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La Roja shows class but scrambles to tie opener with Italy

Spain struggles to convert excellent build-up play into clear scoring chances as Azzurri make Spain suffer

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Andrés Iniesta (right) feels the force of a tackle by Italy defender Leonardo Bonucci in Gdansk.

Spain will be regretting its wastefulness in front of goal in Gdansk on Sunday after tying 1-1 with Italy in the reigning champion’s first match of Euro 2012, a clash that proved to be the best game of the tournament to date.

But a point from the opening fixture in Group C — which also includes Ireland and Croatia — could prove to be a reasonable result against Spain’s strongest first-phase rival, and is a better start than the team made under coach Vicente del Bosque to the World Cup in South Africa two years ago. La Roja lost to Switzerland in the first match before winning six straight games to become world champion. After the Italy match, the coach said it had been an open game in which “anyone could have won.”

Italy, more direct in its attacking style, took the lead through Antonio Di Natale with an hour on the clock. But Cesc Fàbregas quickly equalized for the champion after a trademark Spain passing move on the edge of the penalty area.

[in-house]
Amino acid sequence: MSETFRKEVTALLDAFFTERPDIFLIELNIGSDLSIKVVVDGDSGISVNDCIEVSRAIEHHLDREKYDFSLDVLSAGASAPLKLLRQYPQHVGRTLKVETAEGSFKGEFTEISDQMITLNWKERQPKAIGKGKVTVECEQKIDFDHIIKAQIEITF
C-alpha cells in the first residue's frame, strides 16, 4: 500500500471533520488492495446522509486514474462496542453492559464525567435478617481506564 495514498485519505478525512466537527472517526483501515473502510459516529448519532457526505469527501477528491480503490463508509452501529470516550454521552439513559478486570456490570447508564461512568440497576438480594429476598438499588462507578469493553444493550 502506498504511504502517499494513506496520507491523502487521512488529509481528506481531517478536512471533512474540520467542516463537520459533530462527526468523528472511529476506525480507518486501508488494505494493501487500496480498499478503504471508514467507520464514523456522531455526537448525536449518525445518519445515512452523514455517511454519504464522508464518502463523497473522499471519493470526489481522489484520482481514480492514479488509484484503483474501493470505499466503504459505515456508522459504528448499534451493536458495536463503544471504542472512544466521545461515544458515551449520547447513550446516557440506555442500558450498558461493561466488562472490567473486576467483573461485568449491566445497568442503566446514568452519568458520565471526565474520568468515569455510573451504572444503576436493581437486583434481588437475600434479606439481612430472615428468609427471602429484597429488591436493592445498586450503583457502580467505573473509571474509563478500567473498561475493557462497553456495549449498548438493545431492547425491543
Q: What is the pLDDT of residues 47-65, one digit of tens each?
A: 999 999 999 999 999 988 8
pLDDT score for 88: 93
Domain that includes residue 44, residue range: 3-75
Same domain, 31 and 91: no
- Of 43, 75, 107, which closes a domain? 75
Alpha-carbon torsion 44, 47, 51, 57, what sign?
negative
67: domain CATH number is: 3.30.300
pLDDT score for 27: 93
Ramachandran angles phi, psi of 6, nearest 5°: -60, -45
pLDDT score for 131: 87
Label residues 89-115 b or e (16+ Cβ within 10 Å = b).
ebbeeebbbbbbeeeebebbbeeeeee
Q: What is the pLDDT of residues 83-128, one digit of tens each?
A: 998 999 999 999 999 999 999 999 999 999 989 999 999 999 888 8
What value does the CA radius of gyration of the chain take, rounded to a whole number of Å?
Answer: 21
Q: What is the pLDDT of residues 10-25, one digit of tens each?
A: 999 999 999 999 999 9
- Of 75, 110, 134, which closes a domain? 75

Del Bosque surprised everyone by not playing any of his center forwards from the start, opting instead to play Barcelona midfielder Fàbregas as a “false number nine” — with Andrés Iniesta and David Silva in support just behind him.

As expected, Spain dominated the ball from the start, as Italy set out to nullify Del Bosque’s team and hit the champion on the counter.

The Italians did an excellent job of this, preventing Spain from getting a clear glimpse of goal in spite of their vast superiority in terms of possession. Indeed, it was Cesare Prandelli’s side which looked more likely to score in the first half, with Antonio Cassano coming close on two occasions and Thiago Motta missing a great chance on the stroke of half time.

The second half was a frantic affair, with Spain maintaining their control of the ball but Italy showing impressive pace on the counter-attack. Spain wasted three great chances in the first five minutes following the restart, as both Xavi and Fàbregas came close from 30-yard attempts and Spain’s man-of-the-match Iniesta fired a shot inches wide of Gianluigi Buffon’s far post after a surging run into the box.

At the other end Mario Balotelli wasted a great chance to give Italy the lead, the forward finding himself in acres of space but was strangely lethargic in the box, allowing Sergio Ramos to make a last-ditch tackle.

Italy took the lead on 60 minutes when Andrea Pirlo split the Spanish defense to allow Antonio Di Natale to shoot past Iker Casillas.

Spain responded well to going behind and equalized four minutes later when Fàbregas finished off a superb interchange between Iniesta and Silva. Fernando Torres was brought on just after the goal but his presence did not help matters, as the Chelsea forward appeared to still be low on confidence after a woeful English league campaign and squandered three great chances to win the game.

In the last minute of normal time Claudio Marchisio should have punished Spain’s inability to score but could not beat Casillas, while Xabi Alonso was unable to convert two long-range efforts at the death. contributed material to this article.